Money, money, money
With Russia exiting the tournament at the first round stage, that means the three highest paid managers at the World Cup fell at the first hurdle. Fabio Capello, who earns a reported £6.7 million-a-year, follows Roy Hodgson (£3.5 million) and Cesare Prandelli (£2.575 million) in falling early, perhaps providing pause for thought to those who believe that throwing money at a problem is the best way to solve it. The boss with the most meagre wage is still going strong, and if Mexico progress beyond the second round, Miguel Herrera might have a good case if he asks for a raise on the £125,000 he currently earns.
— Natter Football (@NATTERFOOTBALL) June 26, 2014
Ghana fail to earn their money too
It sounds like it's been an eventful time in the Ghana camp, with demands that their bonuses be paid in cash (“We'll keep it in our bags,” said Christian Atsu), then Kevin-Prince Boateng and Sulley Muntari were sent home for allegedly getting involved in separate bouts of fisticuffs in the team hotel. After all that, their limp exit from the World Cup almost feels like a footnote, but it should not be ignored that this is a hugely talented group of players that have underperformed in Brazil. Of course, it was a tough group, but for a team with that amount of talent to only muster a single point is unacceptable, and indicates that, if such an indication was needed, it's probably not the best idea to have intra-squad scraps at a major tournament. In the end, Ghana got what they deserved.
Space investigator set for greatness
In Germany, Mueller is known as the Raumdeute, which roughly translates as the 'space investigator'. It's a slightly mysterious nickname for a player whose qualities are, themselves, slightly mysterious. He isn't particularly quick, he isn't especially skilful, he isn't that good in the air – indeed, he doesn't appear to really have any standout qualities to his game, making it a little difficult to really warm to him. But despite all of this, after his winner against the USA, he now has nine World Cup goals, putting him level with Eusebio, Vava and Paolo Rossi, among others. Mueller probably has two World Cups left in him, plus a good portion of this one, meaning he already has team-mate Miroslav Klose's scoring record in his sights. So who needs people to warm to you, eh?
Germany can go far in this tournament
Germany are through, with two wins and a thrilling draw under their belt from a very tough group, but aside from the first win over Portugal, they haven't been especially convincing. So how far will they progress in the tournament? The good news for Jogi Loew is that form in the group phases isn't always an indicator of whether a team can win the World Cup. Spain lost to Switzerland in 2010, Italy were quietly efficient in 2006, etc and so on and so forth – the first round is simply about surviving, about getting through, and Germany have done that with relatively little alarm. With a couple of very live contenders already out, Loew's men have as much chance as any of the big teams.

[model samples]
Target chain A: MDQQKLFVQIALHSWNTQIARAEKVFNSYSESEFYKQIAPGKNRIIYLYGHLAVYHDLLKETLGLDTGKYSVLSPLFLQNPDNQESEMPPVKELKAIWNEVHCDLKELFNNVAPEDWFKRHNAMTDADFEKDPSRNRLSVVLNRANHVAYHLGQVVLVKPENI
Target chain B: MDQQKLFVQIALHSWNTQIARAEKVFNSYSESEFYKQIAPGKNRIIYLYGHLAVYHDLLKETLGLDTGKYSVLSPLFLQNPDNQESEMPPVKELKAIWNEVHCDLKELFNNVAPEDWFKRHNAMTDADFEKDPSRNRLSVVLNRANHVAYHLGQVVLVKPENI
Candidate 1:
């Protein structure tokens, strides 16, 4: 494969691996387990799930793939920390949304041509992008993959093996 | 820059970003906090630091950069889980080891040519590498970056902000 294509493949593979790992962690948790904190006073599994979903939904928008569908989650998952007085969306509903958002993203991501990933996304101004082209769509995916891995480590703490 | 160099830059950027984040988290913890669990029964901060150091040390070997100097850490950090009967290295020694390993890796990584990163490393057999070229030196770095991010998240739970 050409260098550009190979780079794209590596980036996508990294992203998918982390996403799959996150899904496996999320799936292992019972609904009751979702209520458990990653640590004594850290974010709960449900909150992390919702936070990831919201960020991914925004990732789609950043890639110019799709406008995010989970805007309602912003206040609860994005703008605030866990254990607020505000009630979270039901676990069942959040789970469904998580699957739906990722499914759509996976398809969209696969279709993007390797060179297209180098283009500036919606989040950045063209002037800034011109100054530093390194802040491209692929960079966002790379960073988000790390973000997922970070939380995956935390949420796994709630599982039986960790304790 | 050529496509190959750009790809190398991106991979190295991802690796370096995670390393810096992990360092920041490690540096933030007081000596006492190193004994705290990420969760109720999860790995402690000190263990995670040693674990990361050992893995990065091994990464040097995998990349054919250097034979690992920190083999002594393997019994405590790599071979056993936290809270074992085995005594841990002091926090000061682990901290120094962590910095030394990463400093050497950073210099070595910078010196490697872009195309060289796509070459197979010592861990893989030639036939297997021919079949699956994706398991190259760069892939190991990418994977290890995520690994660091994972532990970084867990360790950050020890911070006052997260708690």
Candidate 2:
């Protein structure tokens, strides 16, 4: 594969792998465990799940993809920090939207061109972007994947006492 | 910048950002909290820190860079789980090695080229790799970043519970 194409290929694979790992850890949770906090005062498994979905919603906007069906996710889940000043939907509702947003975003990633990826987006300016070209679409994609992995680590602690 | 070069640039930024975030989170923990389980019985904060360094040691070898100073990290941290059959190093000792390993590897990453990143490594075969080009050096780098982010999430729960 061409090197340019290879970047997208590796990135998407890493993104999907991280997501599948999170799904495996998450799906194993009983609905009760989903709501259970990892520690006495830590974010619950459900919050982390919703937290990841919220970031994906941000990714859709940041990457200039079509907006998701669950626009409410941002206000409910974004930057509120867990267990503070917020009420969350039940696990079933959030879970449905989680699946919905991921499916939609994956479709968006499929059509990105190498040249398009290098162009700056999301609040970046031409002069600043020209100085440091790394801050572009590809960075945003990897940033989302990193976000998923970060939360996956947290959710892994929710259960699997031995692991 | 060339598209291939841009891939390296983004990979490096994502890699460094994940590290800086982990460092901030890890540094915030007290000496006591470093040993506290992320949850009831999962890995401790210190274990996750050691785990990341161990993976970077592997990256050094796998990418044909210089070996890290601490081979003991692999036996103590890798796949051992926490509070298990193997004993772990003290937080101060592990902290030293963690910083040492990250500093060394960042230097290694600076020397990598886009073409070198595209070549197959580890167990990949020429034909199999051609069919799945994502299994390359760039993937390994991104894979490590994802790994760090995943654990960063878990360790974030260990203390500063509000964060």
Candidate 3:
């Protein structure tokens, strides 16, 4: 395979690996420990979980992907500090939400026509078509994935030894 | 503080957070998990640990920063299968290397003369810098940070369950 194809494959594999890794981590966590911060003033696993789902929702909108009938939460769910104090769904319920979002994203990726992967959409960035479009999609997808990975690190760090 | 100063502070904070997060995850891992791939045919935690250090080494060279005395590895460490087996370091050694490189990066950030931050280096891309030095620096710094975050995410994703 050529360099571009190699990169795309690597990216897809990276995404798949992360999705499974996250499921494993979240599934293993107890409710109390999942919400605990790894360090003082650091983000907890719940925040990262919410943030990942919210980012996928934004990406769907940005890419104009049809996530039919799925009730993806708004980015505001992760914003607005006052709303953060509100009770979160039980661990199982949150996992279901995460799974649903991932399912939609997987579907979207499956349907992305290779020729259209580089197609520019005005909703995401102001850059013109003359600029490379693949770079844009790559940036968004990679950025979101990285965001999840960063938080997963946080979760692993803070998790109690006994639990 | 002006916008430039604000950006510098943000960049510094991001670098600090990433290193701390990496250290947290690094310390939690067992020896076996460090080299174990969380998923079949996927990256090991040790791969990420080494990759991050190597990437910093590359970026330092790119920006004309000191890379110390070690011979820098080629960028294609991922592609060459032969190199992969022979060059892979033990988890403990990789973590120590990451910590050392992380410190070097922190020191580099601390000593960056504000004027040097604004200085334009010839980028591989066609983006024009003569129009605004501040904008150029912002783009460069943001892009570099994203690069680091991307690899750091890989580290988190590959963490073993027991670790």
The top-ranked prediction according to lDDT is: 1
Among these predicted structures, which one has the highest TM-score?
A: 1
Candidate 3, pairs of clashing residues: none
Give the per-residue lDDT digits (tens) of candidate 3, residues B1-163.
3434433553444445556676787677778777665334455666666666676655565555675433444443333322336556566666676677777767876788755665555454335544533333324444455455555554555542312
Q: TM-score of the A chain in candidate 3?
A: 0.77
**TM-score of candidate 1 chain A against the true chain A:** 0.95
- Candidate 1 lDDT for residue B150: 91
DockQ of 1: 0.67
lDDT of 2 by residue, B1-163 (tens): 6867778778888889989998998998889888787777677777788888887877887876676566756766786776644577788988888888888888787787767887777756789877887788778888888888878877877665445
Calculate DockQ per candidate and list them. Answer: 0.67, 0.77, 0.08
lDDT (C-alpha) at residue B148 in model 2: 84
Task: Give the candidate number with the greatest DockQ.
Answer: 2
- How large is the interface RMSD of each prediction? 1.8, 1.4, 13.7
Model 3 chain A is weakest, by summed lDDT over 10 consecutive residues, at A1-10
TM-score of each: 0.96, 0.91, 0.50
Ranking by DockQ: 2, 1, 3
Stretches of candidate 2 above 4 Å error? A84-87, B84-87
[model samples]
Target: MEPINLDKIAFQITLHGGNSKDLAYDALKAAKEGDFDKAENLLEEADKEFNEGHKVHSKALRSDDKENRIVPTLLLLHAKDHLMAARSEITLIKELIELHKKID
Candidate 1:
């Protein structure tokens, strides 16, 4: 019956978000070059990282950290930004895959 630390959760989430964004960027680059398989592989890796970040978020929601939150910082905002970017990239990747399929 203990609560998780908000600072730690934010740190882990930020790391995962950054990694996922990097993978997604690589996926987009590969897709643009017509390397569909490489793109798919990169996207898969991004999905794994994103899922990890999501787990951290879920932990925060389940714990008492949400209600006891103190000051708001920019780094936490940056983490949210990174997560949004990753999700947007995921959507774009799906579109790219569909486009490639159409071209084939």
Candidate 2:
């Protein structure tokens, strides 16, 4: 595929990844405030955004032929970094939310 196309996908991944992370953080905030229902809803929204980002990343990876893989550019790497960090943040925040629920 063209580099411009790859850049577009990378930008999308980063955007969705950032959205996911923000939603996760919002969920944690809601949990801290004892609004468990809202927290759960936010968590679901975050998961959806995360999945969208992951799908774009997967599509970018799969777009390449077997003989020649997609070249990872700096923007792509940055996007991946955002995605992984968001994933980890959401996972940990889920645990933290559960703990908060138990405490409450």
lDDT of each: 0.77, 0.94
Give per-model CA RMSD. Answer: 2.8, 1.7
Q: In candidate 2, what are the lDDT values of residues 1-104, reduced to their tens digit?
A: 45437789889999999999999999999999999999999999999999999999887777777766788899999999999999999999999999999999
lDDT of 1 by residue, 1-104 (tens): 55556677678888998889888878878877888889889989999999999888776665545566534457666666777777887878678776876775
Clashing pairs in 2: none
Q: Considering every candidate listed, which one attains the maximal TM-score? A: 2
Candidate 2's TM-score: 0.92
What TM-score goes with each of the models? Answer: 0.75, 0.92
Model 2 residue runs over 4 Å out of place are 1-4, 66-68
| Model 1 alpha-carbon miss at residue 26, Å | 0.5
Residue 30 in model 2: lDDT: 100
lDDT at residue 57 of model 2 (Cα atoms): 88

Ronaldo's hopes of starring on the biggest stage are over
Finally! All of the talk around Leo Messi has been about how he won't be able to take his place among the very elite unless he at least stars at a World Cup, ideally wins it and if possible wins it on his own. There is less of such talk around Cristiano Ronaldo, perhaps because most recognise that Argentina had a much greater chance of winning the whole thing than Portugal, but nevertheless, despite getting his country to Brazil with one of the most extraordinary solo performances in international history in their play-off against Sweden, he has been below par in this World Cup. How much of that is down to injury? We might never know, because Ronaldo himself has insisted he is at full fitness, but that is patently not the case. His relatively muted celebrations for both the equaliser he brilliantly set up against the USA and the winner he scored against Ghana have been put down in some rather unkind quarters to a lack of interest, but it's probably more motivated by frustration that he cannot perform to his abilities. Ronaldo will be 33 by the next World Cup, and one doubts he will be able to perform at his exhilarating best for another four years.
Blundering Akinfeev does it again
Not too long ago, Igor Akinfeev was touted as one of the best young goalkeepers in Europe, reported to be a target of the biggest and richest clubs on the continent. Those big claims looked a long time ago in this World Cup, because if one was to point a harsh, scapegoating finger of blame at one particular player in the Russian side, it would be Akinfeev. His calamitous error against South Korea potentially cost them a win in their opening game, while his comical flap against Algeria allowed the African side to equalise and progress into the knockout phase at Russia's expense. There was some suggestion that a laser pointed from the crowd might have put Akinfeev off, but in truth that would be an excuse.
Algeria become the first feel-good success story of the tournament
And so, for the first time in their history, Algeria are through to the knockout phase of the World Cup. It was the best result for the neutrals that they succeeded, with neither Russia nor South Korea providing a huge amount to get excited about, but the raw passion from both Algeria's players and fans, plus their young, exciting side will make their clash with Germany one of the best in the second round. It represents quite a turnaround as well, after they lost their opening game to Belgium, something that caused many to criticise manager Vahid Halilhodzic. "You journalists have always criticised me, but the Algerian fans have always been behind us,” he said after they thrashed South Korea in their second game. That they have, and if they continue to play like this, the support won't be going anywhere in a hurry.
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